President Barack Obama has lifted the 50-year-old limit on the sales of military weapons to Vietnam.
The announcement of the decision was made by Vietnamese President Tran Dai Quang Monday at a joint news conference with Obama in Hanoi, following a meeting between the two leaders.
Quang also said the two countries have agreed to strengthen their partnership. He said their militaries will cooperate, and there will be an increase in trade, health care and visits by citizens of each country. He called Obama’s decision an end to a “painful chapter.”
Obama said the weapons sales “will need to still meet strict requirements, including those on human rights, but this change ensures Vietnam has access to equipment it needs to defend itself.”
Obama noted that the United States and Vietnam have both fought and cooperated during the past century. He said the two countries have had diplomatic relations for the past 20 years, and the relationship has “reached a new moment.”
Obama told reporters that the decision was not made because of China’s increased aggression in the area. He said it was made because both countries want to complete a long process that many veterans of the Vietnam War began many years ago. He noted that one of the veterans was a former prisoner of war, Republican Senator John McCain.
Hua Chunying is a spokeswoman for China’s foreign ministry. She said, “as a close neighbor to Vietnam, we welcome (a) normal and cooperative relationship between Vietnam and other countries, and we certainly hope such development of bilateral relations is conducive to regional peace and security.”
She said, “the arms embargo is the product of the Cold War. It should not have existed. We hope for a normal relationship between the U.S. and Vietnam.”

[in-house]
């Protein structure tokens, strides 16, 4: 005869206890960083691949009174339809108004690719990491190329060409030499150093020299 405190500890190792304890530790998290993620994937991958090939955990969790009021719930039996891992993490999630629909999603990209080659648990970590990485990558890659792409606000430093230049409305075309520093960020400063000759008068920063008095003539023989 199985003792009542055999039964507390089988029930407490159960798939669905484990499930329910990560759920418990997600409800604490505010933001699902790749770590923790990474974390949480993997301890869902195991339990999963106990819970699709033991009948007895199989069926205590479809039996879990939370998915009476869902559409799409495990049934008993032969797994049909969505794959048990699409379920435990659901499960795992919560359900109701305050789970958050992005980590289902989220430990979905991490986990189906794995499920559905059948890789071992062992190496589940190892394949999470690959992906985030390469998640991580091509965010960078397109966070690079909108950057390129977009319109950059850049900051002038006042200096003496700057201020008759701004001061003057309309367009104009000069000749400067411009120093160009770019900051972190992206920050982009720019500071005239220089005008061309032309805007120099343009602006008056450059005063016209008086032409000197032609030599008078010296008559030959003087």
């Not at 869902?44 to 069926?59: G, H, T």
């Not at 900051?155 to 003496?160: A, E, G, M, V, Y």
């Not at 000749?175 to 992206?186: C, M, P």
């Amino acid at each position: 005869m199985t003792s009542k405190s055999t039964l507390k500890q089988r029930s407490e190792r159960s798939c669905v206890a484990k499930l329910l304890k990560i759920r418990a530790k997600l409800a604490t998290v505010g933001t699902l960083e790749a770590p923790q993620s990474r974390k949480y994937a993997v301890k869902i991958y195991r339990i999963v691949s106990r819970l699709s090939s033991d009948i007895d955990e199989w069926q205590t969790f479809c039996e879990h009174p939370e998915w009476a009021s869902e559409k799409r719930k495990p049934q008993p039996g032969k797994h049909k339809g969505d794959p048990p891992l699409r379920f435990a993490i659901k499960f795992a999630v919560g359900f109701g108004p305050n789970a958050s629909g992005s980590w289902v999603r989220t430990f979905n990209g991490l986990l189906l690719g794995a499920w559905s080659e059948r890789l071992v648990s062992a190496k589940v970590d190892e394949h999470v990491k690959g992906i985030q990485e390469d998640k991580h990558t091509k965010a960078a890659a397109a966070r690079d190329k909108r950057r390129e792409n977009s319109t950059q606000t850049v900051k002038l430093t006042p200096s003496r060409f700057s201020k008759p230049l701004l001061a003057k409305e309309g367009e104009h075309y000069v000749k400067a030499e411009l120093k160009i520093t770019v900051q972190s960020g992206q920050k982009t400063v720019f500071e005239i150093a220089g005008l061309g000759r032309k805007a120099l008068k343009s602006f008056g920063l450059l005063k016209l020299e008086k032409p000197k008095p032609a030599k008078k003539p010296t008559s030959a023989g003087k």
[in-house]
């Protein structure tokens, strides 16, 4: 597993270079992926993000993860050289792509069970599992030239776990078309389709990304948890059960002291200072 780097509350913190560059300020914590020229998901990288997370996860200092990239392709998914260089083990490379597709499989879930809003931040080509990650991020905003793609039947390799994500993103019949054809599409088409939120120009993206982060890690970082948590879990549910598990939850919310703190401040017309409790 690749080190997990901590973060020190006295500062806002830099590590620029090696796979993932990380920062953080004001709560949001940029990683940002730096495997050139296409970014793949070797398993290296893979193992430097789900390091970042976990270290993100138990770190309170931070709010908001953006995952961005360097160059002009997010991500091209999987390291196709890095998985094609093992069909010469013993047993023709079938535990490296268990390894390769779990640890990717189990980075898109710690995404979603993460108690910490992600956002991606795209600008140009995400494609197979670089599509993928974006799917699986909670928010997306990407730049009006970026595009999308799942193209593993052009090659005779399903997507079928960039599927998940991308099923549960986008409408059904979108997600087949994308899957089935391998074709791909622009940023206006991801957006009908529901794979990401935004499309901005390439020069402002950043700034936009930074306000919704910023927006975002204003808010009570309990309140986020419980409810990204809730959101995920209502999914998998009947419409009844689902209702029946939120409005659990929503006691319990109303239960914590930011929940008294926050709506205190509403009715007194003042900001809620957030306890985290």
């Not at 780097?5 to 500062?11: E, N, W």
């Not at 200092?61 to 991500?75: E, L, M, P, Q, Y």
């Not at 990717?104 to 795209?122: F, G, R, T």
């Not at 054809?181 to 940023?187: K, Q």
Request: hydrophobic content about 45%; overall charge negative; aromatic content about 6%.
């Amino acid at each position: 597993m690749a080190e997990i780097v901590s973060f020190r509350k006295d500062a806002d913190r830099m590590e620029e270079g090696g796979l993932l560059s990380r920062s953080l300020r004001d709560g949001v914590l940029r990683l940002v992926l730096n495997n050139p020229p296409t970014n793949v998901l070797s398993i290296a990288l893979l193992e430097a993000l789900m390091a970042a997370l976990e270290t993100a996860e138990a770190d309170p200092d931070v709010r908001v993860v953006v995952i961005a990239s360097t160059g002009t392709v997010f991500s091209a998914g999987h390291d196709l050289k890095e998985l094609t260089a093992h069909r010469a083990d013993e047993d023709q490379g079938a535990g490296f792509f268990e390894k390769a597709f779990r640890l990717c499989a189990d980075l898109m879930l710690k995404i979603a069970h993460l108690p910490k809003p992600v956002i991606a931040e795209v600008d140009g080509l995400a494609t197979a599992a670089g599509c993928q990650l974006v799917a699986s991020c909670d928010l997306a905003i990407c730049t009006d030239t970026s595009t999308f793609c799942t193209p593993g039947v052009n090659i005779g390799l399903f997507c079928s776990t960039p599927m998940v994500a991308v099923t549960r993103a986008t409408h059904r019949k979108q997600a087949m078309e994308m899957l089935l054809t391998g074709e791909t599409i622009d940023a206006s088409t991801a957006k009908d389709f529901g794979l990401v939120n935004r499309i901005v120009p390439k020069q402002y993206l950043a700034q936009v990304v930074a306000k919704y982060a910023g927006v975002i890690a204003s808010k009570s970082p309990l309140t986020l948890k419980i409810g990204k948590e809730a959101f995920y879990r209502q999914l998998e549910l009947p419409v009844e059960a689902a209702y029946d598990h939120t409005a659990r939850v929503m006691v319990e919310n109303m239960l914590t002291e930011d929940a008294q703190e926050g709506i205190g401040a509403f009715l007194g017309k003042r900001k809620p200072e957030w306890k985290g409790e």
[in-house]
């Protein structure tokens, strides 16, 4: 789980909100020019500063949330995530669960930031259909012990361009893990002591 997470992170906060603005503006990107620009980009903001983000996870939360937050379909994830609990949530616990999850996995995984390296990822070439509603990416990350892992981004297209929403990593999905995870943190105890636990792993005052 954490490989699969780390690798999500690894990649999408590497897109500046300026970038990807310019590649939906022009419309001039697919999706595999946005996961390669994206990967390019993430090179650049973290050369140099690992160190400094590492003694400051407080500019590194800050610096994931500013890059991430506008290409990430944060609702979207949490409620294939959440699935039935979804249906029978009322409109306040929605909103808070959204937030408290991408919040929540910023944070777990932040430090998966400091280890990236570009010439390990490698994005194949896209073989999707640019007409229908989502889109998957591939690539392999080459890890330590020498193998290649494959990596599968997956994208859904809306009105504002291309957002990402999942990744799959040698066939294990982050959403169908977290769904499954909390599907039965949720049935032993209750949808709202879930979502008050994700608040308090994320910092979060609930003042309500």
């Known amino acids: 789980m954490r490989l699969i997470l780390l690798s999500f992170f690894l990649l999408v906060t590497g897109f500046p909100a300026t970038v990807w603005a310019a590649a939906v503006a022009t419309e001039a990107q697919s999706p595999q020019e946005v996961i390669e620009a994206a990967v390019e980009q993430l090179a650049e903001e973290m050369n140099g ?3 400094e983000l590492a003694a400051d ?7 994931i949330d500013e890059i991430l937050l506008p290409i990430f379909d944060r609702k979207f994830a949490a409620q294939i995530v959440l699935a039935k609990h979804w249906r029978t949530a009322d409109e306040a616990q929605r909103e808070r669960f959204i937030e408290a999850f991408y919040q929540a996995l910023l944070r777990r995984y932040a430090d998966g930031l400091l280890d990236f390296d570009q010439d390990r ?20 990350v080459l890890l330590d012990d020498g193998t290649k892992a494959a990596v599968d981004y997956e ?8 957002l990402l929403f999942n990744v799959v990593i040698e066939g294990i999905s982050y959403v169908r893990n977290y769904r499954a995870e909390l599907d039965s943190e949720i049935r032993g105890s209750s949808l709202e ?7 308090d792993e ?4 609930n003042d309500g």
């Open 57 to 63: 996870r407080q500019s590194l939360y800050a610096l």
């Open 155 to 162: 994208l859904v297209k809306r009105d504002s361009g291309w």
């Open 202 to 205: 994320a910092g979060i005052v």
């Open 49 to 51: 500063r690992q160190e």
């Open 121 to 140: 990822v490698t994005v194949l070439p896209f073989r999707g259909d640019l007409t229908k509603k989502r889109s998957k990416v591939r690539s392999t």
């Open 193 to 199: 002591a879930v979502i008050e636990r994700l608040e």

But on Sunday, China’s official news agency said, “the calculating move will serve only Washington’s own strategic purposes as the United States seeks a re-balance in the Asia-Pacific.”
Obama noted that the U.S. and Vietnam still do not agree on many human rights issues. And he said each weapons sale will be reviewed before it can take place. But he said it is right to end the ban because of an increased level of trust and dialogue between the militaries of the two countries. He said more American ships may enter Vietnam’s ports “at the invitation” of the government.
Phil Robertson is the deputy director and Asia director of Human Rights Watch. The group strongly disagrees with Obama’s decision to end the weapons ban. Robertson said, “as Obama was lifting the U.S. arms embargo, the Vietnam authorities were busy arresting journalist Doan Trang and other human rights activists and bloggers on the street and in their houses. In one fell swoop, President Obama has jettisoned what remained of U.S. leverage to improve human rights in Vietnam and basically got nothing for it.”
I’m George Grow.
VOA Correspondent Cindy Saine reported this story from Hanoi. Christopher Jones-Cruise adapted the report for Learning English. Hai Do was the editor.
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Words in This Story
strict – adj. used to describe a command, rule, etc., that must be obeyed
access to – n. a way of being able to use or get something
conducive to – n. making it easy, possible or likely for something to happen or exist
calculating – adj. carefully thinking about and planning actions for selfish or improper reasons
in one fell swoop – adj. with a single, quick action or effort
jettison – v. to get rid of (something)
leverage – n. influence or power used to achieve a desired result